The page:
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A vice captain for India
by Suresh Menon
Jun 13, 2011

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By Suresh Menon


Not always in Indian cricket has a vice captain automatically become captain. It is unlikely that either Harbhajan Singh or V V S Laxman, who have the job in the West Indies in the shorter and longer forms of the game respectively, will do so. Vice captains, like Vice Presidents of the country, come into prominence only when the man at the top is no longer in charge. Yet the list of those who have been vice captain of the national side but never led is an interesting one.

It includes Vijay Merchant and Mohinder Amarnath. Others like Chandu Borde, Pankaj Roy, even Ravi Shastri led only (one Test each) because the captains at the time were injured.

Indian selectors have often had a problem with the vice captain. During one phase the convention was that no vice captain would be named for a home series. It often led to ridiculous situations. When skipper Pataudi had to leave the field during a Test against the West Indies in Bangalore, the team which included future captains Venkatraghavan, Sunil Gavaskar and G R Vishwanath didn’t know who was to be in charge. Then substitute Rajinder Goel ran onto the field to inform the players that Gavaskar would take over.

Traditionally, vice captains were of two types. The young, promising future leader who was chosen to serve a period of apprenticeship under a captain expected to carry on for a few seasons. Or a young captain was given a senior man as his deputy.

Thus it was that a 21-year-old Pataudi was given the job when almost the entire team was senior to him. Nari Contractor, 28 then, was struck on the head by a Charlie Griffith delivery in Barbados on that 1962 tour and never played again. Pataudi took over.

On Pataudi’s first two tours, he had as vice captain Chandu Borde, senior to him by seven years, and expected to be the voice of wisdom and experience.

Harbhajan Singh is the second type of vice captain; older, more experienced than Suresh Raina, and expected to provide the stability and advice. Raina has led an Indian team before – to Zimbabwe, without the leading players – but the West Indies tour is a different kettle of fish. He probably welcomed Harbhajan’s presence as vice captain.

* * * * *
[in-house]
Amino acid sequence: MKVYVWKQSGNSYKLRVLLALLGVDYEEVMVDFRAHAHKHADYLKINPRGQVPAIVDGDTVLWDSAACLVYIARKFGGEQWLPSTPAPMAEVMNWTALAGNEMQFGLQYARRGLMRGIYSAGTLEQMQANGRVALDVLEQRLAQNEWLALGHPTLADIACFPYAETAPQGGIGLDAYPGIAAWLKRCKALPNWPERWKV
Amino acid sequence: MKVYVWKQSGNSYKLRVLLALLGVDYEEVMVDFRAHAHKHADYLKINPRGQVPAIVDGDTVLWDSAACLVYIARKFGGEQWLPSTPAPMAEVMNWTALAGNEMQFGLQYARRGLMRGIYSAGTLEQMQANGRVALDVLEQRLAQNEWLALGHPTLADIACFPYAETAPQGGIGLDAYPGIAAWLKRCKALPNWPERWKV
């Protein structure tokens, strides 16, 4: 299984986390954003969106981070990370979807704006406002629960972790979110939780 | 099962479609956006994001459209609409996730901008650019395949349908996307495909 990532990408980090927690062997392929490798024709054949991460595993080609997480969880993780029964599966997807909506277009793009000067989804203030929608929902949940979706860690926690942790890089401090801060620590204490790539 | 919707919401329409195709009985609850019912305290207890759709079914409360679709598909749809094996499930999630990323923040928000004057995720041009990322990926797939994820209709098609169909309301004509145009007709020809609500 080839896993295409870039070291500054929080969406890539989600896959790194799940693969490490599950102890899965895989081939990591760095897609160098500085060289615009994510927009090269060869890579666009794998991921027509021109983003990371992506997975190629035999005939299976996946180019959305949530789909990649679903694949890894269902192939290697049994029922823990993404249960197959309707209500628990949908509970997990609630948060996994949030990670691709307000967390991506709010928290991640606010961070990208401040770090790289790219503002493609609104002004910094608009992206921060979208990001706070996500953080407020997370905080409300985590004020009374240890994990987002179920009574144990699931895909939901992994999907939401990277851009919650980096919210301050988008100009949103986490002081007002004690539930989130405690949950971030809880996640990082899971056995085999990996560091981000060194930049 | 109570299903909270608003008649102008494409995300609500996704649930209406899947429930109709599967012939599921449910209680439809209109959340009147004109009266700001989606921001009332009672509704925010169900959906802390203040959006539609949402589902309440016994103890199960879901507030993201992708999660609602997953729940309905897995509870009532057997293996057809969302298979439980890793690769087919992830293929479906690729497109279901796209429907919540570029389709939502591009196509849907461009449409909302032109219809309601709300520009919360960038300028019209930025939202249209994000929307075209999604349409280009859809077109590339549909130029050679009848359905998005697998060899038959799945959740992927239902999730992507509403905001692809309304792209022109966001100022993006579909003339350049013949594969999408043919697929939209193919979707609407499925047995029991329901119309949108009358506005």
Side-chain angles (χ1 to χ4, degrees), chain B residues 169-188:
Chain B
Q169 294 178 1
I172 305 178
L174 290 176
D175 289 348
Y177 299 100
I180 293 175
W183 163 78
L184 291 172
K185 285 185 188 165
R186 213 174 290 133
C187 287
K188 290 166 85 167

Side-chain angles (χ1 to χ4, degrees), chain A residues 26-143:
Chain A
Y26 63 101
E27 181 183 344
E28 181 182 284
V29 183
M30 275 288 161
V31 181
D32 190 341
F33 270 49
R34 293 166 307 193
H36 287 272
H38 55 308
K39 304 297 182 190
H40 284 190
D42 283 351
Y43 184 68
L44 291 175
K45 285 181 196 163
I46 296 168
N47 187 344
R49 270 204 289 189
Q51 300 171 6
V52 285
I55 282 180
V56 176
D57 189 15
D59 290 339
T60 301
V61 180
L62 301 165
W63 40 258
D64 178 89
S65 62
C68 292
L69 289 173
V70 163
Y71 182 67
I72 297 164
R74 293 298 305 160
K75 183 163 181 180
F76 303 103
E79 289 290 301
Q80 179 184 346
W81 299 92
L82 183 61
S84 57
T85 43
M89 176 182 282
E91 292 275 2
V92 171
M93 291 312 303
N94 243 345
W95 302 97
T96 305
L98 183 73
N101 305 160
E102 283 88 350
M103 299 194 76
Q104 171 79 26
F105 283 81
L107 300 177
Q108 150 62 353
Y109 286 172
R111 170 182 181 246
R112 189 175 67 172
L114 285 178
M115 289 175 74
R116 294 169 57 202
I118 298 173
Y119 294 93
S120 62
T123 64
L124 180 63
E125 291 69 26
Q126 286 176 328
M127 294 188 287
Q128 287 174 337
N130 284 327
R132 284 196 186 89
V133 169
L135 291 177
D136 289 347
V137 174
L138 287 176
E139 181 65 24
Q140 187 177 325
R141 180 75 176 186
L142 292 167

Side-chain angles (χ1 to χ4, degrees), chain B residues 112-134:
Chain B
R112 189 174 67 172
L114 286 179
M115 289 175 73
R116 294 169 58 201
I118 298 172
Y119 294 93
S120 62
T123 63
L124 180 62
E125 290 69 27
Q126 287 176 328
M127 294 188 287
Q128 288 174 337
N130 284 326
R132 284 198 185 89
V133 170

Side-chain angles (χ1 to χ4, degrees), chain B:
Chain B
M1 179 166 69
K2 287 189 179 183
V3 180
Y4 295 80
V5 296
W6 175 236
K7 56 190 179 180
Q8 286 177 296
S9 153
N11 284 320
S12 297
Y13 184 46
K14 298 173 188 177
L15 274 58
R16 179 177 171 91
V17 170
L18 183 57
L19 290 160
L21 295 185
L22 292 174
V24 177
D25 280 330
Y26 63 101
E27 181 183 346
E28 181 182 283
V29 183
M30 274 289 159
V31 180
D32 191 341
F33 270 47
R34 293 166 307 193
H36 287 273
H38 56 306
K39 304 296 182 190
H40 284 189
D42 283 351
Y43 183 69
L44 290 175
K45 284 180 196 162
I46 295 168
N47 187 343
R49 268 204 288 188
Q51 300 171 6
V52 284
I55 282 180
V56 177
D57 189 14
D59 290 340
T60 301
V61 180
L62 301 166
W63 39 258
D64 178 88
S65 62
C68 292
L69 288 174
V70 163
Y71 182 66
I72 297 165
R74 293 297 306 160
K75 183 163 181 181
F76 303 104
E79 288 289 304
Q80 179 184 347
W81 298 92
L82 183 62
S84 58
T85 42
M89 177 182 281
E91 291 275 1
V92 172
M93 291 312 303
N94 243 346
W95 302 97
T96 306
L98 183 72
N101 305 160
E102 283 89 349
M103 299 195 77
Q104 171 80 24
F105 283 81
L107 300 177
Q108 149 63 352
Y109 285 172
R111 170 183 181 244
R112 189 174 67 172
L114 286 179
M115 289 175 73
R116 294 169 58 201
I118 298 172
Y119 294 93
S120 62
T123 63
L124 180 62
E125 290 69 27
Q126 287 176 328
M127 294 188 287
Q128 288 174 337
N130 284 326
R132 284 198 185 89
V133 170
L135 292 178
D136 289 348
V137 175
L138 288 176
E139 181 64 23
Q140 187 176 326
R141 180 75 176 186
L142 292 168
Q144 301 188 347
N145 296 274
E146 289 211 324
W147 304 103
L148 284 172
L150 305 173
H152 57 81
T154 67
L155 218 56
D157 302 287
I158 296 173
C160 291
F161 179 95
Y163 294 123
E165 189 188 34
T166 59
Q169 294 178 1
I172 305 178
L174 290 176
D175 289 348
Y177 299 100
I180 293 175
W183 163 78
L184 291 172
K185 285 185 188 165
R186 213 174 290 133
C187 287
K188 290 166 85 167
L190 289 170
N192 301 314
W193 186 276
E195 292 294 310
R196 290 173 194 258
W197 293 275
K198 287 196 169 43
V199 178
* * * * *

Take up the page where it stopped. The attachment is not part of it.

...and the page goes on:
Yet, even here the selectors were repeating a move they made (of course it was a different set then) some three decades ago when, with two bowlers competing for the same slot, they made one of them vice captain. This was on the 1971 tours of West Indies and England and subsequent tours when the younger Venkatraghavan was named Ajit Wadekar’s deputy leaving the more experienced Erapalli Prasanna out in the cold.

In the West Indies, there might have been a tussle for the off spinner’s slot between Harbhajan and Ravichander Ashwin, but at least in this case it was the senior man who was made vice captain. With the success of leg spinner Amit Mishra, it is difficult to see India play both the offies in the same game. It could lead to embarrassment.

The appointment of V V S Laxman as vice captain to M S Dhoni in the Test series is illogical. It is a tribute perhaps to a third reason for such appointments – a way of honouring a senior player. With Dhoni well established in his job, it would have been the ideal opportunity to pick a younger man, a future captain. A case could be made for Raina himself, but he is yet to cement his place in the middle order despite his century on debut. This tour could be the making of him. Or it could have been Virat Kohli, who has shown a combativeness and understanding of the job that bodes well for India.

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